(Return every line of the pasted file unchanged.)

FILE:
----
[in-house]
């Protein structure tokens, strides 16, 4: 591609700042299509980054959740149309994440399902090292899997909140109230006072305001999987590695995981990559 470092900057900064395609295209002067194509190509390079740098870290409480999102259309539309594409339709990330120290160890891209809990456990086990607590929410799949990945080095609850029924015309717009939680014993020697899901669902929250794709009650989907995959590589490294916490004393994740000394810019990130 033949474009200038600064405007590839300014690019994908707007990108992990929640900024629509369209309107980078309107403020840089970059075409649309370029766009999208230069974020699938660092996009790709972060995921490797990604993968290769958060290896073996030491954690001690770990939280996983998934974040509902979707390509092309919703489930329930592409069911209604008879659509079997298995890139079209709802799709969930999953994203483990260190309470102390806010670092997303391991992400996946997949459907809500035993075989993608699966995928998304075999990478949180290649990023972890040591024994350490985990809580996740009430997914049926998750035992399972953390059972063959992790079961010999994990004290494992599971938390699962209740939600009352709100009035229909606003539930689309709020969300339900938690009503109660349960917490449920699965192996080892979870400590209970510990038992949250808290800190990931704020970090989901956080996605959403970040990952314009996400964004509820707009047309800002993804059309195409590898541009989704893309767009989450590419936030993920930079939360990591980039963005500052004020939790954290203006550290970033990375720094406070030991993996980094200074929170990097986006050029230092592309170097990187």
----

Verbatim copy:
[in-house]
């Protein structure tokens, strides 16, 4: 591609700042299509980054959740149309994440399902090292899997909140109230006072305001999987590695995981990559 470092900057900064395609295209002067194509190509390079740098870290409480999102259309539309594409339709990330120290160890891209809990456990086990607590929410799949990945080095609850029924015309717009939680014993020697899901669902929250794709009650989907995959590589490294916490004393994740000394810019990130 033949474009200038600064405007590839300014690019994908707007990108992990929640900024629509369209309107980078309107403020840089970059075409649309370029766009999208230069974020699938660092996009790709972060995921490797990604993968290769958060290896073996030491954690001690770990939280996983998934974040509902979707390509092309919703489930329930592409069911209604008879659509079997298995890139079209709802799709969930999953994203483990260190309470102390806010670092997303391991992400996946997949459907809500035993075989993608699966995928998304075999990478949180290649990023972890040591024994350490985990809580996740009430997914049926998750035992399972953390059972063959992790079961010999994990004290494992599971938390699962209740939600009352709100009035229909606003539930689309709020969300339900938690009503109660349960917490449920699965192996080892979870400590209970510990038992949250808290800190990931704020970090989901956080996605959403970040990952314009996400964004509820707009047309800002993804059309195409590898541009989704893309767009989450590419936030993920930079939360990591980039963005500052004020939790954290203006550290970033990375720094406070030991993996980094200074929170990097986006050029230092592309170097990187």